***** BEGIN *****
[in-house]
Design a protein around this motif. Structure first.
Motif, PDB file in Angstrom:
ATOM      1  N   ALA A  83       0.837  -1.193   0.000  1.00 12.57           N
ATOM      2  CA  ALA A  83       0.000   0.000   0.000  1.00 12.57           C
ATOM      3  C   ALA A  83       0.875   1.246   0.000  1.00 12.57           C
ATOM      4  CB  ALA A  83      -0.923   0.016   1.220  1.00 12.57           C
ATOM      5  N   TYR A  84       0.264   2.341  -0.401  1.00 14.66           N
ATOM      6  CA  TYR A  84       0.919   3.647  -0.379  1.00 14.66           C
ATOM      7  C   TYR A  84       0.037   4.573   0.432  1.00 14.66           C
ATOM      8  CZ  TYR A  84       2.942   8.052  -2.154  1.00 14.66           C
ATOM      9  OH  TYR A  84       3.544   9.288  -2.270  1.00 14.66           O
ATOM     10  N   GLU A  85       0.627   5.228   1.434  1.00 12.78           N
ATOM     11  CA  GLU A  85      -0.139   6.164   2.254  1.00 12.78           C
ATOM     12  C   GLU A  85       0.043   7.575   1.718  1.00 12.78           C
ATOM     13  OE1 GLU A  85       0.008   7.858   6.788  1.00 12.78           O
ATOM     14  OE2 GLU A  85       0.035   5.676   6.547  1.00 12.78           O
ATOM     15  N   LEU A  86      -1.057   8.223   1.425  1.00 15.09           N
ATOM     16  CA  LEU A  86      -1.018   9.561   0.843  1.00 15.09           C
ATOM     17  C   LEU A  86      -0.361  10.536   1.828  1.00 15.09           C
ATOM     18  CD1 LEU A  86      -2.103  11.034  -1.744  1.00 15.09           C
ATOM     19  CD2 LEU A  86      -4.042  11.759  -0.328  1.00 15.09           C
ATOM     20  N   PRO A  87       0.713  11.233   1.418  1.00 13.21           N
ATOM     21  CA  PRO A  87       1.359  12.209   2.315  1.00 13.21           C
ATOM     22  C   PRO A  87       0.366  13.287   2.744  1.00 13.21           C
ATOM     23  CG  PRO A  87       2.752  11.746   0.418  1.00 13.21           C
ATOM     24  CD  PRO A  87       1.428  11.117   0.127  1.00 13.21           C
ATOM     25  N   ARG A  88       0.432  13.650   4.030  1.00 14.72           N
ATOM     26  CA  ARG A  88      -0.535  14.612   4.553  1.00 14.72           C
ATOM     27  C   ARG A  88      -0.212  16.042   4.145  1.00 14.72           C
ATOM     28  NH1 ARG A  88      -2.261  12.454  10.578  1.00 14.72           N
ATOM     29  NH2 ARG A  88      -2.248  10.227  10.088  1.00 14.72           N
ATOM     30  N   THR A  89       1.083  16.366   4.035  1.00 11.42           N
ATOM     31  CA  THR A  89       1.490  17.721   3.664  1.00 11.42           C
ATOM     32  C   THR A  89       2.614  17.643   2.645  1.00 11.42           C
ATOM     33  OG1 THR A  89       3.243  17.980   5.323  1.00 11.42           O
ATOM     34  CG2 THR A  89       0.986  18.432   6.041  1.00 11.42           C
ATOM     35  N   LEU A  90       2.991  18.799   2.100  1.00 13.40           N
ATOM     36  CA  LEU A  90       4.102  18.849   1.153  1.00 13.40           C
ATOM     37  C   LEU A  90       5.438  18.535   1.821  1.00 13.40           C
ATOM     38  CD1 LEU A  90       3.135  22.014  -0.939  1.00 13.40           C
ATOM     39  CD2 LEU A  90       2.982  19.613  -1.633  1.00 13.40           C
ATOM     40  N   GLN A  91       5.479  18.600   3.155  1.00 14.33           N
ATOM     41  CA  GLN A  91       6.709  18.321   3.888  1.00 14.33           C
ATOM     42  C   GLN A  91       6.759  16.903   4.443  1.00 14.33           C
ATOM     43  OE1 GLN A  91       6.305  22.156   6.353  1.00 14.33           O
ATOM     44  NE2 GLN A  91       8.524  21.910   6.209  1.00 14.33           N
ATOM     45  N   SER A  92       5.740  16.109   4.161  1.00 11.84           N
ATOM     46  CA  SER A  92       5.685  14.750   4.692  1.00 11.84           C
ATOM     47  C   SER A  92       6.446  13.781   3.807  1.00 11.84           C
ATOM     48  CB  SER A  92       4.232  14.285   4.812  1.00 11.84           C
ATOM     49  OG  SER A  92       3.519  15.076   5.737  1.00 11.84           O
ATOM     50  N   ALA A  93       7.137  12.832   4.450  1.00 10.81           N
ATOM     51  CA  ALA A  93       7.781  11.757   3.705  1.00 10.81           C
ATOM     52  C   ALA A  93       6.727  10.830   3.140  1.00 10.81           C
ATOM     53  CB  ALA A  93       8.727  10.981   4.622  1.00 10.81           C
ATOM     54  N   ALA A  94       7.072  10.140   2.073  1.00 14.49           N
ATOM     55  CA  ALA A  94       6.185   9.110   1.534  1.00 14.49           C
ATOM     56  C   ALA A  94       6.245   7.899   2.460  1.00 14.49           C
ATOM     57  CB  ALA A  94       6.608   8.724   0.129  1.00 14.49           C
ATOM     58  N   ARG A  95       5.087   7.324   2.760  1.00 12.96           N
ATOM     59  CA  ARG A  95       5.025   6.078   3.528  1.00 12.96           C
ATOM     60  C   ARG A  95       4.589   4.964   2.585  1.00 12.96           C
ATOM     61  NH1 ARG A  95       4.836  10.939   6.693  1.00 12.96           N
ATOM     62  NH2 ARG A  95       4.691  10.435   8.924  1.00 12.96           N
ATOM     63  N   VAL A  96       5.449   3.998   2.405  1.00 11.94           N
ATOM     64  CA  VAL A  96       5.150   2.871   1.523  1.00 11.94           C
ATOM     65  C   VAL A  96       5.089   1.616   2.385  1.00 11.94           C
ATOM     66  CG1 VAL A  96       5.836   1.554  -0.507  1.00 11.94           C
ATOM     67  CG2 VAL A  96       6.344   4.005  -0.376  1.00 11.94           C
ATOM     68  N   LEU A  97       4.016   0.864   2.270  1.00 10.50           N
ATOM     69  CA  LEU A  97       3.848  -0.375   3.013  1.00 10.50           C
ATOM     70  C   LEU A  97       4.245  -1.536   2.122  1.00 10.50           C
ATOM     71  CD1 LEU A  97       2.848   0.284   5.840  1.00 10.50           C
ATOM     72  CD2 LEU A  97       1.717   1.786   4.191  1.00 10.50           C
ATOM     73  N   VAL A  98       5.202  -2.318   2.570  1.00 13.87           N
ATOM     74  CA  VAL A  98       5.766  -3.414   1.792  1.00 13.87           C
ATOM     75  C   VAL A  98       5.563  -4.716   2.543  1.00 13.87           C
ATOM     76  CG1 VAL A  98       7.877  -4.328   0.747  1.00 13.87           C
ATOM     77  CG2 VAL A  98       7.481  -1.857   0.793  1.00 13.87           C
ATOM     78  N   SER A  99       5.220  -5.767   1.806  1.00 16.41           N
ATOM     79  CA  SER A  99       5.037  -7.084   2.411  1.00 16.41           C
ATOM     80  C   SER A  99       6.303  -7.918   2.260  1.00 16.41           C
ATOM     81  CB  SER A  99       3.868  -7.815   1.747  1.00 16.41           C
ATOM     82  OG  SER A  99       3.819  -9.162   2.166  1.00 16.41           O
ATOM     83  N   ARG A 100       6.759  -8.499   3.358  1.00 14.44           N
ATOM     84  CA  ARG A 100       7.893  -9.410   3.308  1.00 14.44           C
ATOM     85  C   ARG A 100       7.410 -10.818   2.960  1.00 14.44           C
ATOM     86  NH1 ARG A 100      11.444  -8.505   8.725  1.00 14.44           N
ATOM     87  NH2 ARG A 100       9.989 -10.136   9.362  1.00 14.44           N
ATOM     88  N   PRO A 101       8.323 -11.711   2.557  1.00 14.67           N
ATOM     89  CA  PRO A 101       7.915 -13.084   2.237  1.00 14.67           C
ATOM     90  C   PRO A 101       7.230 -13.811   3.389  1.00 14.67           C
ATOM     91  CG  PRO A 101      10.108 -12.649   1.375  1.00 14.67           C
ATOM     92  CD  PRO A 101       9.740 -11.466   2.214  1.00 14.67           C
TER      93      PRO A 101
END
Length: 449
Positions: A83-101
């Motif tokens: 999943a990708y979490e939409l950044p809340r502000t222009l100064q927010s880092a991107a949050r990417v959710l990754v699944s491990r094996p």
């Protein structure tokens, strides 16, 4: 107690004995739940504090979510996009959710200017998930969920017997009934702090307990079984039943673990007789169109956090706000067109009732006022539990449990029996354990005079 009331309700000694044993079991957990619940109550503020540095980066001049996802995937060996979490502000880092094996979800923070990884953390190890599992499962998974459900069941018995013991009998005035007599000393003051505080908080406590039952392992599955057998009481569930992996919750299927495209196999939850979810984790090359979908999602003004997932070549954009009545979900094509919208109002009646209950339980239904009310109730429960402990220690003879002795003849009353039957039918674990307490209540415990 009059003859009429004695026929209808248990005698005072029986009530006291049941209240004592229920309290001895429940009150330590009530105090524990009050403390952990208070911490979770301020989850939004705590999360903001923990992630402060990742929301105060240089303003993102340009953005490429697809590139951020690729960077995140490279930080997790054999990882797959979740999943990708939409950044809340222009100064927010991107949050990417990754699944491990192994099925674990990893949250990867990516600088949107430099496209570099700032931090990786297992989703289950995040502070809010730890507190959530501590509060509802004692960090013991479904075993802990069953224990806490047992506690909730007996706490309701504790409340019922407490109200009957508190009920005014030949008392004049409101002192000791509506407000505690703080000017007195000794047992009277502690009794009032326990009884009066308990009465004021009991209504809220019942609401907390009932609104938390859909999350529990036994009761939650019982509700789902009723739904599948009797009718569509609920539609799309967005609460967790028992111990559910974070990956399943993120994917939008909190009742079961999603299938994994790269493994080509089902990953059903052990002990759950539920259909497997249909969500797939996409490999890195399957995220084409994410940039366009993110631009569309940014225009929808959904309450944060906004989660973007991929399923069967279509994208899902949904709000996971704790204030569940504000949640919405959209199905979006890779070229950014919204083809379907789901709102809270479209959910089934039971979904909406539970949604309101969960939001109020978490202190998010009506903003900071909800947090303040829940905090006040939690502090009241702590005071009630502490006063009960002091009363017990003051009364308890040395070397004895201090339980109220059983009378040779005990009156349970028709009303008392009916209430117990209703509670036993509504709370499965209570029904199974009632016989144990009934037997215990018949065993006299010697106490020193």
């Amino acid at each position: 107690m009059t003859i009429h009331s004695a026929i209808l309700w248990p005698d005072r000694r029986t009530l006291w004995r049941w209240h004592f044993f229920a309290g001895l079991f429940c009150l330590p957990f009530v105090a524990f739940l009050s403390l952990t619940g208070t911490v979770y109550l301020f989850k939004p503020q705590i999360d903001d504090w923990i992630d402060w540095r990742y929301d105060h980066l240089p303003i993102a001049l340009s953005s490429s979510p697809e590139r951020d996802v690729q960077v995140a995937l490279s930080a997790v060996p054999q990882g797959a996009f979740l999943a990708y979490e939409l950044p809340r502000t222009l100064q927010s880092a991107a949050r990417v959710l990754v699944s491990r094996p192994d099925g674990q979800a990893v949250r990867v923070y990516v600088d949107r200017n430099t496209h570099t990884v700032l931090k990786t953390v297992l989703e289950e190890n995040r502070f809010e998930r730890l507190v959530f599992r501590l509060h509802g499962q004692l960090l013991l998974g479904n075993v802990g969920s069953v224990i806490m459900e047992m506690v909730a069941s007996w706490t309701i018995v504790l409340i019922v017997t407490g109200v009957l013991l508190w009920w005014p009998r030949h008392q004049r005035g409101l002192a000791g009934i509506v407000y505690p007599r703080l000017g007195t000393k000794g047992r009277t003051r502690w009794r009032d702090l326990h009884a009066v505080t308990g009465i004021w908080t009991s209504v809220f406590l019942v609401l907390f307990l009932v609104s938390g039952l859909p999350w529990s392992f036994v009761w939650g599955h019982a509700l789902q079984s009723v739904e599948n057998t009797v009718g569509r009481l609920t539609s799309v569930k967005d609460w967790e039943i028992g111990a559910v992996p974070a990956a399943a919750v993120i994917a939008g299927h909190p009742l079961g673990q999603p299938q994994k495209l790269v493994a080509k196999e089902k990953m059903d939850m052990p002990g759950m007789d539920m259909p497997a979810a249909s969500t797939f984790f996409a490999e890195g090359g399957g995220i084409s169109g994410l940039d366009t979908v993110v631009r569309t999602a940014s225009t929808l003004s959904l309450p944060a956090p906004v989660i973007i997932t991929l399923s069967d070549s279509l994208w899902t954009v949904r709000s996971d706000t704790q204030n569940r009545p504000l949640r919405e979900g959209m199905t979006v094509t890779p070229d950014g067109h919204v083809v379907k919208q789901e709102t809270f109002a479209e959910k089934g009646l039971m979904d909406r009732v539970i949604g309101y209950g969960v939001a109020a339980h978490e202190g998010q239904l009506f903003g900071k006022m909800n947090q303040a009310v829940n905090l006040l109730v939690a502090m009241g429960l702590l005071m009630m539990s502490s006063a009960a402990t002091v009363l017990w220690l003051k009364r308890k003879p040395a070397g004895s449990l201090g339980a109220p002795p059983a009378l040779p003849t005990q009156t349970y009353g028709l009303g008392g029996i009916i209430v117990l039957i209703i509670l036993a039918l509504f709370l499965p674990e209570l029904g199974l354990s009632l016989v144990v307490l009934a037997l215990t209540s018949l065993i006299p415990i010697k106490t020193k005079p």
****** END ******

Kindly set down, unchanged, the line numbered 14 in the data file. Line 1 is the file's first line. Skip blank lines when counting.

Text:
ATOM     11  CA  GLU A  85      -0.139   6.164   2.254  1.00 12.78           C